Tuesday, December 16, 2008
| STANDARD DATA: (Citation I) Seats 5-7. Gross wt. 11,850. Empty wt. 6,631. Fuel capacity 564. Engines two 2,200-lb. Pratt & Whitney JT15D-1AB turbofans. |
PERFORMANCE: Max cruise 357 kts. Stall mph 98. Initial climb rate 2,220. Range 1,328 nm. Ceiling 38,400'. Takeoff distance (50') 3,275. Landing distance (50') 2,300.
| STANDARD DATA: (CJ1/CJ2+) Seats 4-6. Gross wt. 10,400/12,300. Empty wt. 6,160. Engines two 1,900/2,300-lb. Williams Rolls-Royce FJ44-1A/FJ44-2C tur-bofans. |
PERFORMANCE: Max cruise 380/412 kts. Initial climb rate 3,311 fpm. Stall speed 86 kts. Range 1,250-1,580 nm. Ceiling 41,000/45,000'.
|STANDARD DATA: (CJ3) Seats 6. Gross wt. 13,870. Empty wt. 8,160. Engines two 2,780-lb. Williams Rolls-Royce FJ44-3A turbofans. PERFORMANCE: Max cruise 417 kts. Stall speed 86 kts. Range 1,875 nm. Ceiling 45,000'. |
|STANDARD DATA: (CJ3) Seats 6. Gross wt. 13,870. Empty wt. 8,160. Engines two 2,780-lb. Williams Rolls-Royce FJ44-3A turbofans. PERFORMANCE: Max cruise 417 kts. Stall speed 86 kts. Range 1,875 nm. Ceiling 45,000'.|| STANDARD DATA: (Bravo) Seats 7-10. Gross wt. 14,800. Empty wt. 8,750. Engines two 2,885-lb. Pratt & Whitney PW503A turbofans. |
PERFORMANCE: Max cruise 401 kts. Initial climb rate 3,195 fpm. Range 1,739-1,900 nm. Ceiling 45,000.
|STANDARD DATA: (Encore) Seats 7-8. Gross wt. 16,630. Empty wt. 9,977. Engines two 3,360-lb. Pratt & Whitney PW535 A turbofans. |
PERFORMANCE: Max cruise 431 kts. Initial climb rate 4,100 fpm. Range 1,700-1,960 nm. Ceiling 45,000.
| STANDARD DATA: (XLS) Seats 6-10. Gross wt. 20,200. Empty wt. 11,910. Engines two 3,804-lb. Pratt & Whitney PW545 A turbofans. |
ERFORMANCE: Max cruise 429 kts. Initial climb rate 4,100 fpm. Range 1,700-2,080 nm. Ceiling 45,000.
| STANDARD DATA: (Sovereign) Seats 6-12. Gross wt. 30,000. Engines two 5,690-lb. Pratt & Whitney PW 306C turbofans. |
PERFORMANCE: Max cruise 444 kts. Initial climb rate 4,100 fpm. Range 1,750-2,820 nm. Ceiling 47,000.
|STANDARD DATA: (X) Seats 6-12. Gross wt. 36,100. Empty wt. 21,400. Engines two 6,764-lb. Rolls-Royce AE 3007C1 turbofans. |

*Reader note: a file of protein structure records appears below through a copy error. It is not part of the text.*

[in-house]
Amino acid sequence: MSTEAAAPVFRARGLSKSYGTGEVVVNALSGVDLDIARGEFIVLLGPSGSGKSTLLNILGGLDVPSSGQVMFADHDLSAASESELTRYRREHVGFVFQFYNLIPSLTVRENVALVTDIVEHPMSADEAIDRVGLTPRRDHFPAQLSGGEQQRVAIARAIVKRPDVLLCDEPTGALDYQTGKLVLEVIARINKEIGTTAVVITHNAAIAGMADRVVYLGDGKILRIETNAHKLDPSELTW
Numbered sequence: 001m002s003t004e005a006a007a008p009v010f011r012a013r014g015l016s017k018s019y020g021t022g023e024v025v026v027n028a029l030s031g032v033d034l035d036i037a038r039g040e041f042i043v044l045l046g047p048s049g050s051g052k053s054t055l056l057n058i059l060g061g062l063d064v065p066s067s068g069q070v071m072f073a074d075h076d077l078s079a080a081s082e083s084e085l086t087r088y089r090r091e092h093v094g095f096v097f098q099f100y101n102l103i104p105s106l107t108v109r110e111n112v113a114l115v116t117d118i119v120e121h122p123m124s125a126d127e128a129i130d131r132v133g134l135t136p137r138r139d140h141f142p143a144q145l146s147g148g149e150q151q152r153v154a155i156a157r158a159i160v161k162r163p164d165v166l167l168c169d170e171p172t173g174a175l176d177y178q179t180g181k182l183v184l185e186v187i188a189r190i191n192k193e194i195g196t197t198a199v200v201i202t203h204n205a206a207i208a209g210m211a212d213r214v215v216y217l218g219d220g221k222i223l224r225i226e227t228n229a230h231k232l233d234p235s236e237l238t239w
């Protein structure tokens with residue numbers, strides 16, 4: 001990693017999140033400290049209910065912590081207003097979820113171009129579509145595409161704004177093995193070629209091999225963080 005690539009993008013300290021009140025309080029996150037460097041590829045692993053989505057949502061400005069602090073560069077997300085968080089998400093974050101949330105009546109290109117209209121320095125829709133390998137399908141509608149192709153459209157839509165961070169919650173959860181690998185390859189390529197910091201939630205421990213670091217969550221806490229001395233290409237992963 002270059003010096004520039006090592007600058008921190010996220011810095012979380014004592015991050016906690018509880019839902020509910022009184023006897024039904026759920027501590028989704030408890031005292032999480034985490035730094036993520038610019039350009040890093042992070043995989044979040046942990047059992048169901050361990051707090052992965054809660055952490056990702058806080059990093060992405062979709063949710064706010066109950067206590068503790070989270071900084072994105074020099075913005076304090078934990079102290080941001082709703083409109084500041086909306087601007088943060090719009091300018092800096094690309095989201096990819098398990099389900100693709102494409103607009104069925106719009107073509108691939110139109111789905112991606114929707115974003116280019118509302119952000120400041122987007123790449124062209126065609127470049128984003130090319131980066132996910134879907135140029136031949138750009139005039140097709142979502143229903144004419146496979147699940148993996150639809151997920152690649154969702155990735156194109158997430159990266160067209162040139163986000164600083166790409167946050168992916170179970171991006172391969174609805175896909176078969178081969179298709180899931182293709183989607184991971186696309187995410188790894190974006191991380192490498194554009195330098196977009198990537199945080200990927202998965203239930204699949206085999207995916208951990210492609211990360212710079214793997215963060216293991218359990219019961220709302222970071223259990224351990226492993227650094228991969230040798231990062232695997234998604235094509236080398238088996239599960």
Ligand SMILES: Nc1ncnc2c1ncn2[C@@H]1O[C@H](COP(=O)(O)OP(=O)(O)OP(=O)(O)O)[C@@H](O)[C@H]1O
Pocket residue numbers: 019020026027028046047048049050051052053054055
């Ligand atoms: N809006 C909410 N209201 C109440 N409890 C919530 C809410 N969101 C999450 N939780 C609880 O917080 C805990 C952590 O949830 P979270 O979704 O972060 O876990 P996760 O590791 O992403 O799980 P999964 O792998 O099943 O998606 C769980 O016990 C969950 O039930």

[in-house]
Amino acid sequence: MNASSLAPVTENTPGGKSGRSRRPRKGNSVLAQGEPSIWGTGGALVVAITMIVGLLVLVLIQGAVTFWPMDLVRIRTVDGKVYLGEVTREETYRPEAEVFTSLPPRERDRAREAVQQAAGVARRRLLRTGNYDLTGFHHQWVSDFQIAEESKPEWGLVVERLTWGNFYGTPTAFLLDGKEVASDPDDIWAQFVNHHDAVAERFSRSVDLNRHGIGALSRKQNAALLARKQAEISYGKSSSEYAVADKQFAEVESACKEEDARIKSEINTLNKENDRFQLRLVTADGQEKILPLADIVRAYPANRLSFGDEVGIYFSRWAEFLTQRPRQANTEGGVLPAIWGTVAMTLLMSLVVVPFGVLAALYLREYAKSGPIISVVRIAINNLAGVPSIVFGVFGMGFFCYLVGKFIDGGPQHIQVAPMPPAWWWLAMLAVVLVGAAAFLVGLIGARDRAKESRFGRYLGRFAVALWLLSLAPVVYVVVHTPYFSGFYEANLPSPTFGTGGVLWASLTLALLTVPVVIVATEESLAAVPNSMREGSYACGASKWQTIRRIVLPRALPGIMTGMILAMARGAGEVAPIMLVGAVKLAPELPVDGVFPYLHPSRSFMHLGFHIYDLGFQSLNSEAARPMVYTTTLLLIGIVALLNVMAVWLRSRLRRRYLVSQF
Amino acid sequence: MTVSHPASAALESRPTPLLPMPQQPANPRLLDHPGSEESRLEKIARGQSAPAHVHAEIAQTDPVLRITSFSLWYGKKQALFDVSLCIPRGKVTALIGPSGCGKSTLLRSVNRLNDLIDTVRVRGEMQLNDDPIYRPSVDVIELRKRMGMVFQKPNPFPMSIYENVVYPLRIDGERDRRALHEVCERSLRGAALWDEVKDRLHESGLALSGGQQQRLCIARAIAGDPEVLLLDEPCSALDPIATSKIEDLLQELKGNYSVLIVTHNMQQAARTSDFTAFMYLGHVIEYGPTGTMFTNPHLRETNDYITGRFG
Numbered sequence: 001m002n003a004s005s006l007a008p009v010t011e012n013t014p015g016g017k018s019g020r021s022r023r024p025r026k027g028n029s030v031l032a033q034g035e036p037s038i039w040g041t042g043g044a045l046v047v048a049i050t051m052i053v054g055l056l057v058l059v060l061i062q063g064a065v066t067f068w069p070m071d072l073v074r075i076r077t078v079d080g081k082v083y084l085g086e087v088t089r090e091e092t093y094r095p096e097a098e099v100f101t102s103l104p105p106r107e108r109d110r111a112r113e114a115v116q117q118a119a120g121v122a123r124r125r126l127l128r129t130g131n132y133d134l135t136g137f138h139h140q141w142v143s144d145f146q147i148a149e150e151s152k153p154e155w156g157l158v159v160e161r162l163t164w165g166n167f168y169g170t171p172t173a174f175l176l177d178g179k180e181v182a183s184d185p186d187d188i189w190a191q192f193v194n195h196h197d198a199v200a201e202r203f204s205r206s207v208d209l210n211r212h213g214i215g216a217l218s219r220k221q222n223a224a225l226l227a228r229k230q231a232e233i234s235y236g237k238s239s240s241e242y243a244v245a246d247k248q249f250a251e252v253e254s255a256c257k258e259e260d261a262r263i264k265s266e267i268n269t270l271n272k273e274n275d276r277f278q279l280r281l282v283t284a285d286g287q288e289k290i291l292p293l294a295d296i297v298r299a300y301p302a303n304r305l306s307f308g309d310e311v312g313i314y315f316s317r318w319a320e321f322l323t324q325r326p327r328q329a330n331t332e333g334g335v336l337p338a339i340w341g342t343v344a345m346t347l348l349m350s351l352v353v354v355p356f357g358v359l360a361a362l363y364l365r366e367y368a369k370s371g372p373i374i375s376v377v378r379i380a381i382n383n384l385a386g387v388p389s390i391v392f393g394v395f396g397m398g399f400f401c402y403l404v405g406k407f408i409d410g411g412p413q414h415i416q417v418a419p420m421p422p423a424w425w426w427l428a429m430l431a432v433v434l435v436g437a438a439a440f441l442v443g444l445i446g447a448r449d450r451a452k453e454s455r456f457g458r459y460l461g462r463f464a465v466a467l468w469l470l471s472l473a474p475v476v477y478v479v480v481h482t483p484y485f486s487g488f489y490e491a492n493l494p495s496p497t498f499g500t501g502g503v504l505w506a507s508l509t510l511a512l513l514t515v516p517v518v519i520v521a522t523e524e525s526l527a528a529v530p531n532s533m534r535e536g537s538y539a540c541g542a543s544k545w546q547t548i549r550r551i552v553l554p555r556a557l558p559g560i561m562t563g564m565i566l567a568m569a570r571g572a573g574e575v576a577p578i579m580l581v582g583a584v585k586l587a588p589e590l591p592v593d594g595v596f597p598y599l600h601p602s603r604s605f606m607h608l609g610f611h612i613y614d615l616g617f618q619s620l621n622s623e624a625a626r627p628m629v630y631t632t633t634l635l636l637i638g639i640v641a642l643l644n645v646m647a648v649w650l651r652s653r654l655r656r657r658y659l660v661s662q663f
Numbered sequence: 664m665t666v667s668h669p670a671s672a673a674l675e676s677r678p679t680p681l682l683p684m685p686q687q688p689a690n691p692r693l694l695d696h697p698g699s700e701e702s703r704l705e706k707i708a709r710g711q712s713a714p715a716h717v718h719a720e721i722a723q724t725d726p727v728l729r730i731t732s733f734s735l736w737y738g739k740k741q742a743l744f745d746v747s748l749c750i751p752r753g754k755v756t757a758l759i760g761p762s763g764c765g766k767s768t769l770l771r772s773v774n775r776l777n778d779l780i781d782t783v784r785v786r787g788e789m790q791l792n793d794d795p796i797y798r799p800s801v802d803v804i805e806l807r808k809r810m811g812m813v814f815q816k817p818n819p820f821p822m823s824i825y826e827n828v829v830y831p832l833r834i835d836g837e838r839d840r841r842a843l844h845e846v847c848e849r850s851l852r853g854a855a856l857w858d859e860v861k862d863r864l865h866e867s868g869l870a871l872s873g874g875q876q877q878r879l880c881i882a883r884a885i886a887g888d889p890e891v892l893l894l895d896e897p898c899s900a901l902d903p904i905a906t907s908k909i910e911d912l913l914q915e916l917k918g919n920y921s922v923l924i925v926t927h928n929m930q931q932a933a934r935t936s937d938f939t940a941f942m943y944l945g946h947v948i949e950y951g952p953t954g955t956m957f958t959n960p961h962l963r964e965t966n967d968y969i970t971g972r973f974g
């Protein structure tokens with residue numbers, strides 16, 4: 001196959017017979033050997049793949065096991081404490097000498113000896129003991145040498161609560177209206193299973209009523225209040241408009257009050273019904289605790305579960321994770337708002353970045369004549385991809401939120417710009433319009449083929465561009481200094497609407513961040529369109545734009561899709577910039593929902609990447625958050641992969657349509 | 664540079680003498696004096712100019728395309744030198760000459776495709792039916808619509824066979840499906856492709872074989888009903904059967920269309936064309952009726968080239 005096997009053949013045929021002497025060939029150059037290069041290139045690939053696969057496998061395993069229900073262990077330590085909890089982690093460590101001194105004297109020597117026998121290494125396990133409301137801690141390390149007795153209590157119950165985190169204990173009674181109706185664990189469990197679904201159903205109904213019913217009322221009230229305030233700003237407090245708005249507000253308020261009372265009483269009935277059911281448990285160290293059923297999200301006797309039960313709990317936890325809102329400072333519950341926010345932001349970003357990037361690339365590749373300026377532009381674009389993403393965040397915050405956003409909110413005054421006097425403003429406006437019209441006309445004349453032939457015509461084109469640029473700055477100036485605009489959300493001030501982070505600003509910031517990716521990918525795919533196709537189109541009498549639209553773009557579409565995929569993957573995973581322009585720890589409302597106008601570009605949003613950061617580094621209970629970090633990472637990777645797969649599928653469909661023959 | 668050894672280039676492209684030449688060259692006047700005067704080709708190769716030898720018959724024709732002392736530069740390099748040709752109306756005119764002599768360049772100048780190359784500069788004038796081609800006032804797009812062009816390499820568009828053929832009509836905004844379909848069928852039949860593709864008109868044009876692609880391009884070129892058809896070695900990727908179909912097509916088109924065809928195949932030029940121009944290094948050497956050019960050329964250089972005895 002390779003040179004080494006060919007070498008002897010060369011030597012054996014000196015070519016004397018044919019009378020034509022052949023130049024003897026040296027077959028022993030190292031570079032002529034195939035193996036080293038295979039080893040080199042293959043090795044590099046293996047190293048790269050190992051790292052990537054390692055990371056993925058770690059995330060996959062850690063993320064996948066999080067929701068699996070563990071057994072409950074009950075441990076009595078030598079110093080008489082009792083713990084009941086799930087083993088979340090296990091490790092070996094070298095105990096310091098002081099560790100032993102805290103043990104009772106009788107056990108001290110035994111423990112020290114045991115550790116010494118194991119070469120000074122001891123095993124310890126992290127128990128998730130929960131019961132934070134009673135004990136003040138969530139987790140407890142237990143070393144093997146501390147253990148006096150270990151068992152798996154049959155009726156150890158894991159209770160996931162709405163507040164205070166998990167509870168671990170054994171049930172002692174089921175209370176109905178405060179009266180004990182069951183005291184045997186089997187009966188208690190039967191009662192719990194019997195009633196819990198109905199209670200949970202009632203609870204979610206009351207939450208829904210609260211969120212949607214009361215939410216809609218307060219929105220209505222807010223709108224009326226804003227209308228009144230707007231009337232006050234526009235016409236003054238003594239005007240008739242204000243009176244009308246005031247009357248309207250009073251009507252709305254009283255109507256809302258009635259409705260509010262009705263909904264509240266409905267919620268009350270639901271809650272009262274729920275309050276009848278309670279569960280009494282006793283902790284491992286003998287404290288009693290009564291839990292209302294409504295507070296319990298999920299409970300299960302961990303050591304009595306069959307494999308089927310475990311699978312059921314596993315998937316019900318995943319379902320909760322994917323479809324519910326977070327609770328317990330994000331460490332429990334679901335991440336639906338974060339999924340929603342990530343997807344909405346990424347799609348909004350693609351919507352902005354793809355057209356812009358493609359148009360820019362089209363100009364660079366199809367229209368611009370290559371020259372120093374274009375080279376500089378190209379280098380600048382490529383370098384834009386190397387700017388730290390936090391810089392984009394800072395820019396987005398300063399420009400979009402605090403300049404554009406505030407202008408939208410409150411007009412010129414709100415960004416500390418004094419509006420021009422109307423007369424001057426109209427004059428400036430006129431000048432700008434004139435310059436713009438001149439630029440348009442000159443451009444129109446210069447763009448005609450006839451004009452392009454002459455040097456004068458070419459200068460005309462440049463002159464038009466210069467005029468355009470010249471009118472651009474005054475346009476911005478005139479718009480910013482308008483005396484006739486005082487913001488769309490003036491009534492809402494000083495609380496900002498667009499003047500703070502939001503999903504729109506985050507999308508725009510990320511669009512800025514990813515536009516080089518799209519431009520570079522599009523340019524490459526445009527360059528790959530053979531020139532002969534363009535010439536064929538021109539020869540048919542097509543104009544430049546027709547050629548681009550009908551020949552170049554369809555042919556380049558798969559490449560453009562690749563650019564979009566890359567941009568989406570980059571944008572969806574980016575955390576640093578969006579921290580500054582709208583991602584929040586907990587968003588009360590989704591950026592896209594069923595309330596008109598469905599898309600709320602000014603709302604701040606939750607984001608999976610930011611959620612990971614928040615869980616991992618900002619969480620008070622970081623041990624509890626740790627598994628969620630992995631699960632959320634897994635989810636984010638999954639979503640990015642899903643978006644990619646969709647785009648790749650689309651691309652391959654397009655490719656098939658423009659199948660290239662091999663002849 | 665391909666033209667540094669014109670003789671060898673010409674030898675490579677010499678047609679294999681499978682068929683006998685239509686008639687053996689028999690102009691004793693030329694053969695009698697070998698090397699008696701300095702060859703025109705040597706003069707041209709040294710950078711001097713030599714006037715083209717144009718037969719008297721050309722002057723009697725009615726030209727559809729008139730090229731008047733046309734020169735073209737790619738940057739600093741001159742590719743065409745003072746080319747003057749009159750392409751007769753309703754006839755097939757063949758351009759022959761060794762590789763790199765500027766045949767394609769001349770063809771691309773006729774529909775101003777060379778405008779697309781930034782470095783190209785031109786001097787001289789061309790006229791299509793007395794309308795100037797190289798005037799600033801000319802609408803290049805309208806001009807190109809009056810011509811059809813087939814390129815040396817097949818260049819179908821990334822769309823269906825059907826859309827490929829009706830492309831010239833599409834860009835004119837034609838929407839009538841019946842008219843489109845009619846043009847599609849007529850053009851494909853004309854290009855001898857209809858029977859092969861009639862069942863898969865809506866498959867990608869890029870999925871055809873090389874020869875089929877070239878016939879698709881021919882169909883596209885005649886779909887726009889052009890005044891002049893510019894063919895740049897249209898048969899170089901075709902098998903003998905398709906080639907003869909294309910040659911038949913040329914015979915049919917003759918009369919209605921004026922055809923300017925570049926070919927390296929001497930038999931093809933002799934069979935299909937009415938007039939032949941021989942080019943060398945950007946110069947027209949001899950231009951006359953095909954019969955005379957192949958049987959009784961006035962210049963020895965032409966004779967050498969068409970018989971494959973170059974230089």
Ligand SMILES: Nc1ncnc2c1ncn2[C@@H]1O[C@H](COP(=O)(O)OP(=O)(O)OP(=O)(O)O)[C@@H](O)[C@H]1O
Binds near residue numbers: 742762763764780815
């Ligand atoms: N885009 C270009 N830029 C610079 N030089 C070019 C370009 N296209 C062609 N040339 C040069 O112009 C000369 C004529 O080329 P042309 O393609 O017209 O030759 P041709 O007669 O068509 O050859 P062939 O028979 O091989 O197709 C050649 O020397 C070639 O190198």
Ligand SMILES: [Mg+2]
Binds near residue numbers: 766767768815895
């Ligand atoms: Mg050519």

PERFORMANCE: Max cruise Mach 0.92. Initial climb rate 4,000 fpm. Range 3,390 nm. Ceiling 51,000. Takeoff distance 5,140'. Landing distance 3,400'.
Cessna had experience with military-jet building under contracts for the T-37 (Tweet) jet trainer, but the Cessna Fanjet 500, later renamed the Citation 500, marked the first attempt any general aviation manufacturer had made into the pure jet market. Deliveries of the Citation began in late 1971, and it soon became the best-selling business jet in the world. The Cessna Citation provided the starting point for world’s largest family of personal/corporate jets. By 1976 the Citation 500 was ready to mature, and Cessna added JT15D-1A engines, thrust reversers, and a slightly increased wingspan. The new model became the Citation I. The straight wing jets could get in and out or runways typically used by singles and light twins. The safety and simplicity of the Citation’s systems help make the airplane remarkably easy to fly and led to its universal acceptance. More important, the Citation could be flown by a single pilot. The current model CessnaJet (CJ) is the legacy of the first Citations. The remarkable success of the Citation led Cessna to look at building larger and faster versions. First out of the chute was the Citation II in 1978, nearly 4 feet longer, faster and higher flying. The Citation II has now become Cessna Bravo.
The largest of the Cessna straight-wing jets was the Citation V (model 560), certified in 1988. Production ended in 1994 as the model morphed once again into the Citation Excel (XLS). The Citation III (model 650) was Cessna’s transition from the small to medium-sized jets and received certification in April of 1982. The all-new jet had swept wings and Garrett TFE731 engines, which allowed the 650 to set time-to-climb records, performance not immediately associated with the original Citations. A model IV Citation was contemplated but shelved to make room for the Citations VI and VII. Ultimately the 600 series Citations translated to the Model 680 Sovereign. Still producing an entry-level jet, the CJ1, and the progressively larger and more powerful 2 and 3 models, have proven even more successful than the original Citation. All CJs are powered by Williams Rolls-Royce engines. At the other end of the spectrum is the Citation X (Model 750), the fastest civil airplane in service with the retirement of the Concorde. The 750 can fly from LA to New York in just over four hours. And just as remarkable, the Citation X cruises alone at 51,000' where conflicts with other air traffic are improbable.